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Social media is awesome

We’re not all zombies.

Not all of us emerge from the dark corners of our rooms after a long day of sitting huddled over our laptops and iPhones, cringing at the first sign of light. Not everyone with a social-media account lacks basic interpersonal skills in the physical world. Not all of us stop what we’re doing to take a selfie.

OK, maybe some of us do.

Despite the trend of teenagers gluing themselves to the cyber world, social media is actually pretty awesome.

I’m not just talking about the mindless task of scrolling through selfies on our Instagram feeds or the viral six-second videos of cats and racist teenagers that clutter our Twitter timelines.

We now literally have access to the world’s information with just a few clicks and a couple swipes — that is what’s awesome.

I don’t think a lot of people actually realize the power that sits at their fingertips.

People have the opportunity to learn things about other areas that they may never have a chance of traveling to or learning about otherwise.

Details about an event that happens across the globe can be at your fingertips within seconds of it happening. Sometimes it can actually bring you access to information that mainstream media wouldn’t report.

Remember that guy who accidentally live-tweeted the Osama bin Laden raid?

Social media has the power to beat science.

Back in 2012, a 7.6-magnitude earthquake struck off the coast of the Philippines.

Researchers from the U.S. Geological Survey analyzed Twitter for tweets containing the word “earthquake.” Those on Twitter learned of the earthquake a minute before the underground sensors did — sensors our government relies on.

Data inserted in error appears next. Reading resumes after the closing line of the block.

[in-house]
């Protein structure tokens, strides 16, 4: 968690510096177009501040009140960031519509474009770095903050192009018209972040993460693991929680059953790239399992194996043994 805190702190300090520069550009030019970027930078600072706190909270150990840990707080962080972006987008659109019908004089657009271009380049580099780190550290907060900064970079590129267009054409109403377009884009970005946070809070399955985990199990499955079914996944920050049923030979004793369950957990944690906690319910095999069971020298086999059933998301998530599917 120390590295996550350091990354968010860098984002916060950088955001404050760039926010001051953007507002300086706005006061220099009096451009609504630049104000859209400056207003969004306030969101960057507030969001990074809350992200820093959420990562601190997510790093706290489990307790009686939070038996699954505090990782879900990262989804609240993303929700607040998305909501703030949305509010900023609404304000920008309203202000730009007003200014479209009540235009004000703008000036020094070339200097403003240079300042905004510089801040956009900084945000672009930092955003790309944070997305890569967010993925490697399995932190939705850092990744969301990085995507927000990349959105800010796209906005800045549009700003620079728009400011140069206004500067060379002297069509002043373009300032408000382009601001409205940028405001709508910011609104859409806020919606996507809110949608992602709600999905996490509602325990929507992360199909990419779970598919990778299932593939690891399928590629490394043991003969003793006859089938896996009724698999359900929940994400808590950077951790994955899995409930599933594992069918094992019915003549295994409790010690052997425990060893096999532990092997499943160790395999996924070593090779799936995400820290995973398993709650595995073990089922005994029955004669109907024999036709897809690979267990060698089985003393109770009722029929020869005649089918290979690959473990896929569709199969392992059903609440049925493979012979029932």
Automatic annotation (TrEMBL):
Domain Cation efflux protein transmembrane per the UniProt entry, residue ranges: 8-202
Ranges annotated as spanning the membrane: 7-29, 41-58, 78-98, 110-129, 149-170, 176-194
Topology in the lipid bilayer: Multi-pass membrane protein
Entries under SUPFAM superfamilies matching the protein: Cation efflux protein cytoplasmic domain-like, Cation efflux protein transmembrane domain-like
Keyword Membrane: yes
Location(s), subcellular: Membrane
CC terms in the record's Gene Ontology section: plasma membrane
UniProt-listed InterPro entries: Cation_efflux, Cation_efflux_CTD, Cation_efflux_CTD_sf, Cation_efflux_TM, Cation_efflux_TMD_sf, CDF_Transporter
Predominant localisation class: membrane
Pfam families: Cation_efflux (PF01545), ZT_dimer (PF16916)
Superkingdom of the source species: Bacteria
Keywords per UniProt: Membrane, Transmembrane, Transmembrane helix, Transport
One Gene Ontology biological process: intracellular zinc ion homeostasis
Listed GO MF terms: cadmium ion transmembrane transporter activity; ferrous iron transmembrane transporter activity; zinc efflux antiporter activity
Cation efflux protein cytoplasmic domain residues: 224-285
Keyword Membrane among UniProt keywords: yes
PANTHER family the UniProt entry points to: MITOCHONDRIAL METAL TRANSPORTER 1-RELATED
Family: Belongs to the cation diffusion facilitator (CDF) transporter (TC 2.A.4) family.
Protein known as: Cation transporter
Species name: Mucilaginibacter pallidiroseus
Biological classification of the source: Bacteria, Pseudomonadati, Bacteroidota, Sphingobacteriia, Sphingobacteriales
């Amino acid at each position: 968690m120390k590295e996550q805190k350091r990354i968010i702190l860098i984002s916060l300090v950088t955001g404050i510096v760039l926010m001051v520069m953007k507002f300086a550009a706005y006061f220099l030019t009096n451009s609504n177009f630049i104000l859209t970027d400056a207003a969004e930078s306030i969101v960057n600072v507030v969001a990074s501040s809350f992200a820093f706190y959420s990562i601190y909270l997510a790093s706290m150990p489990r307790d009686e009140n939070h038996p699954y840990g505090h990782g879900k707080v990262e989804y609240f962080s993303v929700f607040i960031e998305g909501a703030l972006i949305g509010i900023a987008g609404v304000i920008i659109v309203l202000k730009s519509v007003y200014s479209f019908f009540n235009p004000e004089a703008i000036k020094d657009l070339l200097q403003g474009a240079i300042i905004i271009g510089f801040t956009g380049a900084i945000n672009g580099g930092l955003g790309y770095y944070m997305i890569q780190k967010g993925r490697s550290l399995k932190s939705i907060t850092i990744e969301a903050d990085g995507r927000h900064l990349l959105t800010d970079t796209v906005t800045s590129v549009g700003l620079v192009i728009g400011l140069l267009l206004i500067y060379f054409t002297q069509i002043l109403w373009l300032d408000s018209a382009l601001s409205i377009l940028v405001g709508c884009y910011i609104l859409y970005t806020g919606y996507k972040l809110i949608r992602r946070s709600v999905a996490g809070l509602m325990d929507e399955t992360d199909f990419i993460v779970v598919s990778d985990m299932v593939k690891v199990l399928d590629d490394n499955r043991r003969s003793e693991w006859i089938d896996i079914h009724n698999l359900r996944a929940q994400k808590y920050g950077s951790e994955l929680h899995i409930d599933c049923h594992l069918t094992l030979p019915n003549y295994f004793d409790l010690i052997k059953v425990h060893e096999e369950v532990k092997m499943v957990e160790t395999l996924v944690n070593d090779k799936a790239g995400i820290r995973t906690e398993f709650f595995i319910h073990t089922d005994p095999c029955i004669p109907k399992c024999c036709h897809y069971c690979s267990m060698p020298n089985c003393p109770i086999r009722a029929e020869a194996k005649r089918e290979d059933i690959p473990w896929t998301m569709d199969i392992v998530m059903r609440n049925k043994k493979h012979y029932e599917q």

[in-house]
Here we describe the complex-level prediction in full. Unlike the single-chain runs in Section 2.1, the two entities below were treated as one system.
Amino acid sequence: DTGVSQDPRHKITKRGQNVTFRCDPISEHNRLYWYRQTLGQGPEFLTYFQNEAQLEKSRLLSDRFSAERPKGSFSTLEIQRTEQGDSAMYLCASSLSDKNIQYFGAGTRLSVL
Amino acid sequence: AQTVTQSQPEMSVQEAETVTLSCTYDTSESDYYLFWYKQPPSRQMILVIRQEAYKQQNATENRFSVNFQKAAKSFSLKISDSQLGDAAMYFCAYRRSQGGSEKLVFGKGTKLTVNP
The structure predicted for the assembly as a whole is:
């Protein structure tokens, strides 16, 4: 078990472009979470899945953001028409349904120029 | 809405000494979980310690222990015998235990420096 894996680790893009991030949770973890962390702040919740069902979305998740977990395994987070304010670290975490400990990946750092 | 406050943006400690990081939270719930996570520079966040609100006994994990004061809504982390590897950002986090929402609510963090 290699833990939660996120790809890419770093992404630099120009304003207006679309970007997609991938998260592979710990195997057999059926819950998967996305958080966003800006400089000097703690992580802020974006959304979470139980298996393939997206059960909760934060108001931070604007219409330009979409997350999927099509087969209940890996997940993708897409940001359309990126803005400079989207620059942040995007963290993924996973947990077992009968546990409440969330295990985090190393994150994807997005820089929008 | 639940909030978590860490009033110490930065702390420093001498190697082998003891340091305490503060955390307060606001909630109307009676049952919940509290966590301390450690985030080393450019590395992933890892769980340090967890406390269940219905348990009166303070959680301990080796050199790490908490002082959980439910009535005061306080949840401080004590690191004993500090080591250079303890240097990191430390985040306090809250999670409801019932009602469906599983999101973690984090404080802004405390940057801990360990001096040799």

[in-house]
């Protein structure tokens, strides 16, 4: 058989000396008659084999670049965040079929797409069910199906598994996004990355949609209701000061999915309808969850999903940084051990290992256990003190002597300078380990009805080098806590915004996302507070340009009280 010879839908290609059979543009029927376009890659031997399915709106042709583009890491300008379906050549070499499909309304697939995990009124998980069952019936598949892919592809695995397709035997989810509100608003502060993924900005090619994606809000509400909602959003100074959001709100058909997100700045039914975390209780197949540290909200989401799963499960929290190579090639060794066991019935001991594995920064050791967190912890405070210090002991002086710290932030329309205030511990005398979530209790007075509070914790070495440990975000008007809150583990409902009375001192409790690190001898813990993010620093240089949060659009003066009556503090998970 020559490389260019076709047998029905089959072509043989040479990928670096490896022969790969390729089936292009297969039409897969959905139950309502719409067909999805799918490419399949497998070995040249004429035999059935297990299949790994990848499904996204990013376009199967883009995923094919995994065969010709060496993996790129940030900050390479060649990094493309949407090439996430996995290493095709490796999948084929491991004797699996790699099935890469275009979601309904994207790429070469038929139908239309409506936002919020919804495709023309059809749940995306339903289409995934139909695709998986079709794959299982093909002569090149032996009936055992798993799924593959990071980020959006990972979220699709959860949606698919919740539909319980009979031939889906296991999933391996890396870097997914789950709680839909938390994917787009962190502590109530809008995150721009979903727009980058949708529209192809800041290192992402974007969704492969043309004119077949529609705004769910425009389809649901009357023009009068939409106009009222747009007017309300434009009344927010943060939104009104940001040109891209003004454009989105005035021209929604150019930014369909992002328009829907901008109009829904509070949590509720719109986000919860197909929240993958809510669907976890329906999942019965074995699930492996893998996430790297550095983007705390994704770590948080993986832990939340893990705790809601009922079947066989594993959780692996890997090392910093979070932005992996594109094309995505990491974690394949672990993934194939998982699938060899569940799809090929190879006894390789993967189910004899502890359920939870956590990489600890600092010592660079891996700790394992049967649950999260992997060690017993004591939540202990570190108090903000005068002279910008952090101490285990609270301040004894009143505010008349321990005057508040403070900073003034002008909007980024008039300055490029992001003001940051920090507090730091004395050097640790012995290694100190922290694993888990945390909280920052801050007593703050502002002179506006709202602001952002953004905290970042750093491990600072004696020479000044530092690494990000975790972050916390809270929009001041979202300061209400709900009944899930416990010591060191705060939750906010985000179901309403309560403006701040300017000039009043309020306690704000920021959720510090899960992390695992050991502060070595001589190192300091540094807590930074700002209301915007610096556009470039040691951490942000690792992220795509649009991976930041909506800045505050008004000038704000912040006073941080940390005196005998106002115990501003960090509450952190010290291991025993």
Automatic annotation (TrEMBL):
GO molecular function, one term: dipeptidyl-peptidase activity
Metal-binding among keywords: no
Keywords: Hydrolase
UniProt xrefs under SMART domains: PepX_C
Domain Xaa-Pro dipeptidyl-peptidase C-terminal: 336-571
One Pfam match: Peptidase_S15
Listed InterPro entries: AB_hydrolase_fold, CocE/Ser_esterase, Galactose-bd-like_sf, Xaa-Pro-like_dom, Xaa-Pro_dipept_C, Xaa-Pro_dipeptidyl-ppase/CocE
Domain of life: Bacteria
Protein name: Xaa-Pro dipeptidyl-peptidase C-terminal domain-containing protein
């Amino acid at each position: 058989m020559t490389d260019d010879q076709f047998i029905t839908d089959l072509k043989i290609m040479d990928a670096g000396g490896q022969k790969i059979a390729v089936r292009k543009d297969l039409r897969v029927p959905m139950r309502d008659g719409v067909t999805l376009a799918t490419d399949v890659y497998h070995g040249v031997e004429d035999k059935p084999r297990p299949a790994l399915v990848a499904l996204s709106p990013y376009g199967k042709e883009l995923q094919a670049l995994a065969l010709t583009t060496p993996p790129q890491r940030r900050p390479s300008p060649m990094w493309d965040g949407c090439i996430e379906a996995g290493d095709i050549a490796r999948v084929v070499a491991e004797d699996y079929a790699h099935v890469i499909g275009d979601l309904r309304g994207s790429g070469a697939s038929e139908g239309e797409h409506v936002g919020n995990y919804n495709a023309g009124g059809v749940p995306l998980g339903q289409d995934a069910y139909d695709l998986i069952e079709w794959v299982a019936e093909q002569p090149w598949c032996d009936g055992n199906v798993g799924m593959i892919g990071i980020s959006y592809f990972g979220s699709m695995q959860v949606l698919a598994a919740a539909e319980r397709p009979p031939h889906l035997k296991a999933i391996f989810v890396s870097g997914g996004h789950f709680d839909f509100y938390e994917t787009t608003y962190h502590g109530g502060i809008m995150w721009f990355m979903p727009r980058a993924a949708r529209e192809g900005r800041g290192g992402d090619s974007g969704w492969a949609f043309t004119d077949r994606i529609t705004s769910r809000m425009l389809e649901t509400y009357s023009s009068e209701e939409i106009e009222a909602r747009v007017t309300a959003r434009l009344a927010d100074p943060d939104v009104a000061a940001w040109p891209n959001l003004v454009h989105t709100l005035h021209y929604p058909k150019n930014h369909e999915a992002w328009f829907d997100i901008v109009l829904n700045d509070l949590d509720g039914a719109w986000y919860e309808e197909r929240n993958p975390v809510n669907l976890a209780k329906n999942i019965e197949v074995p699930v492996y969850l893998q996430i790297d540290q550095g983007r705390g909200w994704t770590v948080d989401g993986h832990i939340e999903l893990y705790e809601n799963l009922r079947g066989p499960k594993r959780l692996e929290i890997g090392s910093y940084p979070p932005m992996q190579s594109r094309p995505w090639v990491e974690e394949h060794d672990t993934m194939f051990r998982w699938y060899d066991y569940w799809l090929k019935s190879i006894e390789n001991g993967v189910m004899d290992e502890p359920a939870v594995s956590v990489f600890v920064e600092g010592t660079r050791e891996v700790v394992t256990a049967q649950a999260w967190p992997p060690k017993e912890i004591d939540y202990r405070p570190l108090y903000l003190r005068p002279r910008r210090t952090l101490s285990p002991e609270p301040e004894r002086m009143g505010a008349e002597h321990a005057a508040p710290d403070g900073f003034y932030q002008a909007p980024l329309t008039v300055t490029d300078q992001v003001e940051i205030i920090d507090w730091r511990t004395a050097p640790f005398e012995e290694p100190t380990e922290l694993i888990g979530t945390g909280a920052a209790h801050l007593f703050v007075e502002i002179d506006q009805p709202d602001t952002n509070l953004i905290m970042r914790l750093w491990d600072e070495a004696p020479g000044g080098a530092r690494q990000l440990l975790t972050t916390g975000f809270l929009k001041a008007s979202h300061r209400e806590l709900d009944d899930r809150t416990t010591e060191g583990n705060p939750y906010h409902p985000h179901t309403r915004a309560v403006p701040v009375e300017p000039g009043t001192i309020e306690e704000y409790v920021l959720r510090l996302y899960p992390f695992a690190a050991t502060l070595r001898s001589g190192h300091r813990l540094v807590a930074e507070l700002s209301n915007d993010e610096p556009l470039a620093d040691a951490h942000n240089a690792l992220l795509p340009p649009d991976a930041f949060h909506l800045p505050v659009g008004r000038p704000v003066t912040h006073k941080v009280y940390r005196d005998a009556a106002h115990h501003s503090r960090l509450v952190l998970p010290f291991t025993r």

They created a program that watches twitter for the trending word  “earthquake.”

So now, the USGS Tweet Earthquake Dispatch is actually a thing.

Let’s say you don’t care about news and information around the world. Maybe you also believe everything FOX News reports.

Besides all of the information from around the world, it’s an awesome way for young artists and professionals to promote themselves.

Aside from the superfluous amount of people’s lunches, Instagram can help young artists such as photographers share their work and market themselves. Blogging and sites such as Tumblr give young writers the opportunity to demonstrate their witty writing.

Oh yeah, it also, you know, allows you to socialize.

Social media still allows you to interact with people across the globe. Your family members have basically flooded your Facebook “friends” lists, giving you no possible excuse not to know what your grandma had for lunch.

As someone who has moved around a lot, keeping up with friends and family across the country is great. I get the chance to catch up and occasionally creep up on friends who I haven’t seen in years.

Sure, sometimes the information on social media isn’t always true, and I don’t always want to see a photo of my grandma’s turkey sandwich, but we should educate ourselves enough to be able to identify the fact from the fiction.

I know social media isn’t perfect, but hey, as Chuck Palahniuk once said, “Even the Mona Lisa is falling apart.” There’s no reason to resent it.

Without a doubt, things are changing. Things have changed.

The way we interact with each other, and how we get our information on a day-to-day basis, has revolutionized beyond what we ever anticipated. Change is scary, but change isn’t always Armageddon.

About The Author

Kelli Krebs

Kelli Krebs is a senior at Florida Gulf Coast University and is currently the editor-in-chief at FGCU's campus newspaper, Eagle News. She majors in journalism and minoring in advanced procrastination and works throughout the area as a sports reporter and freelance photographer. When she's not behind a camera, Kelli can be found secretly jamming along to the "Grease" soundtrack in her car, quoting all of the dialogue from Fight Club, or watching Breaking Bad reruns (RIP W.W.). Fan of pre-Jameis Winston Florida State, college basketball, Red Sox Spring Training, and untorrented FC Barcelona games.